What I really DON'T like, though, is when people use cliches but try to have pretenses of originality. We don't have halflings, halflings are a cliche, we have "smallkyn", they have a distinct Norse flair (not a rural english flair). Our wizards use magyck and don't wear pointy hats because pointy hats are cliche. Our orcs are orks and are really noble shamanistic individuals not just senseless barbarians because that would be a cliche. Our dragons hatch from Gemstones, not Eggs.

If you want to make an entirely new and interesting setting that's cool, but so many people make only superficial changes and think that's enough to escape cliche.

ArmorArmadillo:
Our wizards use magyck and don't wear pointy hats because pointy hats are cliche. Our orcs are orks and are really noble shamanistic individuals not just senseless barbarians because that would be a cliche. Our dragons hatch from Gemstones, not Eggs.

If you want to make an entirely new and interesting setting that's cool, but so many people make only superficial changes and think that's enough to escape cliche.

You mean mages like in the World of Darkness?

Also, I really like how orcs are in WoW.

But yeah, I agree with you when they only change the name to something unpronounceable to be "original". I've seen it a lot in "original" LARPs settings.

Ranorak:

Altorin:
Paladins do still need to be good, right? Or did they remove that entirely in 4th edition? I don't remember.

It depends on the deity they follow.
Follow a evil deity and you can be evil.
Follow a lawful good and you need to be lawful good.

Etc.. etc..

Actually, since paladins can no longer "Fall" in vanilla 4e (the ritual is a permanent bond that cannot be removed), you can technically be the paladin of a good god and still be evil.

I just figured that dwarves were given a random accent from the general United Kingdom area since thats where most medieval stories revolve around.

Ursus Astrorum:

Ranorak:

Altorin:
Paladins do still need to be good, right? Or did they remove that entirely in 4th edition? I don't remember.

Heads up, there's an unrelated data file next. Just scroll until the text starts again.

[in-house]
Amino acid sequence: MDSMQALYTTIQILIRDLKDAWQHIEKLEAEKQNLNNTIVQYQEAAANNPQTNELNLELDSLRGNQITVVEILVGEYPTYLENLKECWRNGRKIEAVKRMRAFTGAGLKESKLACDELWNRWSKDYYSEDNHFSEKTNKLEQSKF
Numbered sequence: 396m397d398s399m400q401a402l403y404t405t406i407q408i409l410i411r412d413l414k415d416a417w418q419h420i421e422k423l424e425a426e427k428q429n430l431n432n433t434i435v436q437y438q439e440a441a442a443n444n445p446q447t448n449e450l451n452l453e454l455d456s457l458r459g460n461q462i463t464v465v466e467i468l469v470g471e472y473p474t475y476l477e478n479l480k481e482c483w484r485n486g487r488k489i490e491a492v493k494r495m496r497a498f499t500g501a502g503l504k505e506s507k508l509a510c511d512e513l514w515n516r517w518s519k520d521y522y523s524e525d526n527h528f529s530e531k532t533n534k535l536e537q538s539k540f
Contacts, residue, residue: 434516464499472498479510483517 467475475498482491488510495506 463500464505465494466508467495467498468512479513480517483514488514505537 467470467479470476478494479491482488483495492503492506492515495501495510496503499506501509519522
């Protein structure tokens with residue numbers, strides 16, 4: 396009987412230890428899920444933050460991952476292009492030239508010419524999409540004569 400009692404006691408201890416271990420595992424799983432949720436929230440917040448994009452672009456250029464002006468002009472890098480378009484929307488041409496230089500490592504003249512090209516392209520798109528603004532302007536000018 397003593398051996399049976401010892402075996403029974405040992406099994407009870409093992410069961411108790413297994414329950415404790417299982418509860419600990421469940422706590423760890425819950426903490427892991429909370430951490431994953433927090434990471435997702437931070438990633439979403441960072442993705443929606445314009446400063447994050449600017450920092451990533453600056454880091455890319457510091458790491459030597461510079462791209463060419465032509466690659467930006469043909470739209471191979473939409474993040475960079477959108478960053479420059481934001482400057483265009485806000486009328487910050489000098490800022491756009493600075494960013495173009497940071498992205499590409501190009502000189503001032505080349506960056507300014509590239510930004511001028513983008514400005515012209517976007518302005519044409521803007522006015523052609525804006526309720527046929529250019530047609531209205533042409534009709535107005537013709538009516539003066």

It depends on the deity they follow.
Follow a evil deity and you can be evil.
Follow a lawful good and you need to be lawful good.

Etc.. etc..

Actually, since paladins can no longer "Fall" in vanilla 4e (the ritual is a permanent bond that cannot be removed), you can technically be the paladin of a good god and still be evil.

I guess it's a good way to attract avengers of your god that want you to stop spoiling its name.

Hmmm... A few things I should mention.

One: it's good to really consider the "why" of a cliche before you go upending it. For example, while I don't really have a problem with a barbarian wizard who works some kind of wild, improvisational magic, magic is frequently depicted as a sort of art or science that requires intense study and the utmost control (which is often part of why every sword-swinger doesn't also cast spells). And requires, more to the point, things like literacy, books, and schools. You simply don't get those things from a "savage" background; paper and ink are fundamentally the artifacts of a people who live under a roof most of the time and have enough stability in their lives to create things that aren't necessary for a day-to-day existence. In short, make your "barbarian" wizard, but fully consider just how different that creature is from the "classic" model.